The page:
CIT v. Surendra Shantilal Peety (2022) 445 ITR 590 (Bom)(HC)

S. 268A : Appeal – Application –Reference – Instructions – Monetary Limits- Exceptions —Circular No. 23 of 2019 providing that monetary limits would not apply where CBDT by special order directed filing of appeals — The legislative intent is clear that circular dated September 6, 2019 would not apply with retrospective effect-Though the Revenue had alleged organized tax evasion activity on the part of the assessee in those pending appeals as on the date of Circular No. 23 of 2019, the Revenue could not be allowed to pursue these appeals. Since the tax effect involved in this batch of appeals was less than the monetary limit prescribed in the earlier circulars of the Central Board of Direct Taxes -, The Revenue was not allowed to proceed the appeals on the merits – Appeals of the revenue was dismissed .[ S. 119, 260A ]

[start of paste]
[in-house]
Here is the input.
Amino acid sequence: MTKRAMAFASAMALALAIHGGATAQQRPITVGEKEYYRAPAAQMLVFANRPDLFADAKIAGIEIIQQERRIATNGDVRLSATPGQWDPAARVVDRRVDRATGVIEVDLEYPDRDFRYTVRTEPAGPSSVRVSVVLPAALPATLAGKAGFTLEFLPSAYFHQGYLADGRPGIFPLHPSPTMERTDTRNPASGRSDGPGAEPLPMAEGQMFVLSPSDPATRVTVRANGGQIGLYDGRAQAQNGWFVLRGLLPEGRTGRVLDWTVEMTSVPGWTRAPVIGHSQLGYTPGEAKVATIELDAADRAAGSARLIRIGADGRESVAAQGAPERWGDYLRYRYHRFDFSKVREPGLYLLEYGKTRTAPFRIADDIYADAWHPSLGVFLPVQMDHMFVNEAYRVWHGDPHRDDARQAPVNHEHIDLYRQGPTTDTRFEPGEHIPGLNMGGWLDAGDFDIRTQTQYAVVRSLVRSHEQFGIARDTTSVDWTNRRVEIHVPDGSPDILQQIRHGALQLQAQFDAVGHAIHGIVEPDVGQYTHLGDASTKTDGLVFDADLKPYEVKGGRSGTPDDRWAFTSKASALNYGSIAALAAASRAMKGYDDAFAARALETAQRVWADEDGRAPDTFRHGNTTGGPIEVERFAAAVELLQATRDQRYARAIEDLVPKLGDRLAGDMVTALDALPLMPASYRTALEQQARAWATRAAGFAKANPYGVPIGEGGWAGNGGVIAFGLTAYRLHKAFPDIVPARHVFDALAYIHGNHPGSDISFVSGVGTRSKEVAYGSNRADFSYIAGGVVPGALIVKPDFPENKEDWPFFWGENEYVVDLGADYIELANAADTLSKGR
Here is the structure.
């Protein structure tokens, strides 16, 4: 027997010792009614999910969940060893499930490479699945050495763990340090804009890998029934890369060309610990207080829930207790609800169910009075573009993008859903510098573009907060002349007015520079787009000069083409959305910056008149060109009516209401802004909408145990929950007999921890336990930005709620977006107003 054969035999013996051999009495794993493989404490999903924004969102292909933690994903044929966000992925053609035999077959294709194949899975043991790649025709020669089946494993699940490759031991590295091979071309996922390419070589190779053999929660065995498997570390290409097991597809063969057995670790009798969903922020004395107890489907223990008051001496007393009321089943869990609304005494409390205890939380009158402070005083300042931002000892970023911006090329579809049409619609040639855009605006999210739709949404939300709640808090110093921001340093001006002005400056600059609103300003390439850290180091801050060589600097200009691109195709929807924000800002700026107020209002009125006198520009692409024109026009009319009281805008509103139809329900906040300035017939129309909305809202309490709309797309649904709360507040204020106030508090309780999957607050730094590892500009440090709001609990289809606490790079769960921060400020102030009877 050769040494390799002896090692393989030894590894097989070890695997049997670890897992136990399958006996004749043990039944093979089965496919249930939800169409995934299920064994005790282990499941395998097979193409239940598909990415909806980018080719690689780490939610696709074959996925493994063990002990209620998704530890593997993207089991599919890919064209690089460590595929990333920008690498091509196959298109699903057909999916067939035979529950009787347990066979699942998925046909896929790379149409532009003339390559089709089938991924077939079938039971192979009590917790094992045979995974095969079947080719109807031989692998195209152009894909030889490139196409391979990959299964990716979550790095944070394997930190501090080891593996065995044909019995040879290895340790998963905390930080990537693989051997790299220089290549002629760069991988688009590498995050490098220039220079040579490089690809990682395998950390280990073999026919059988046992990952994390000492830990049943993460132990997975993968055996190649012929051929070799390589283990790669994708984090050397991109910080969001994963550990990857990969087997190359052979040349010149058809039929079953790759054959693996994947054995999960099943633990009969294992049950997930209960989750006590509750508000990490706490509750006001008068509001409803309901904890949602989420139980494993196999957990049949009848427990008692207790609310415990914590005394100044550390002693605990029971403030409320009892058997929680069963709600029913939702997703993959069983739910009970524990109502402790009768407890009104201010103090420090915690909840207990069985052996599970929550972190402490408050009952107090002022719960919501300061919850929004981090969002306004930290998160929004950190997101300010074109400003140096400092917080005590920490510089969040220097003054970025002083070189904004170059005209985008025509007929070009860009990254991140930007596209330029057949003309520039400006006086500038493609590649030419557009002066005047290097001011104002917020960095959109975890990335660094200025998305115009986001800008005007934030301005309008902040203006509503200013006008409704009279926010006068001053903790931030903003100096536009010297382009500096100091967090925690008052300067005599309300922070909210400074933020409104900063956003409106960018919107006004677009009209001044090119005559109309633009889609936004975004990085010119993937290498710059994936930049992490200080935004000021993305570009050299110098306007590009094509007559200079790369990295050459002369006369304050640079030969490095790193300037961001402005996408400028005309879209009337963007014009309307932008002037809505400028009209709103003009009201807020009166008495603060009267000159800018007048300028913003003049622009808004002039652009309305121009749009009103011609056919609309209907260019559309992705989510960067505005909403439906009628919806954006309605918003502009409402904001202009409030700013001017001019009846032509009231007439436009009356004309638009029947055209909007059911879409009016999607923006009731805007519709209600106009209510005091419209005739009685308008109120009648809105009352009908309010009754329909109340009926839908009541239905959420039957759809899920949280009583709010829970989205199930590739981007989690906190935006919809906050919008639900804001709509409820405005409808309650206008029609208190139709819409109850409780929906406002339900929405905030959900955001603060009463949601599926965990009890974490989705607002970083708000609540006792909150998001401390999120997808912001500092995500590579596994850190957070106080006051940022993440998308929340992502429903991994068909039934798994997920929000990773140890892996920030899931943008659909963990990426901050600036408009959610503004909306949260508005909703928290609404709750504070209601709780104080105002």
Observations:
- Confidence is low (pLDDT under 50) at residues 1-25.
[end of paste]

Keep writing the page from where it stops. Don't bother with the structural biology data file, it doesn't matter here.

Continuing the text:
Dismissing the appeals of the Revenue the Court held that a  perusal of section 268A of the Income-tax Act, 1961 clearly provides that the Central Board of Direct Taxes is empowered to issue orders, instructions or directions to the Income-tax authorities fixing such monetary limits as it may deem fit for the purpose of filing of appeals or applications for reference by any Income-tax authority under the provisions of Chapter XX.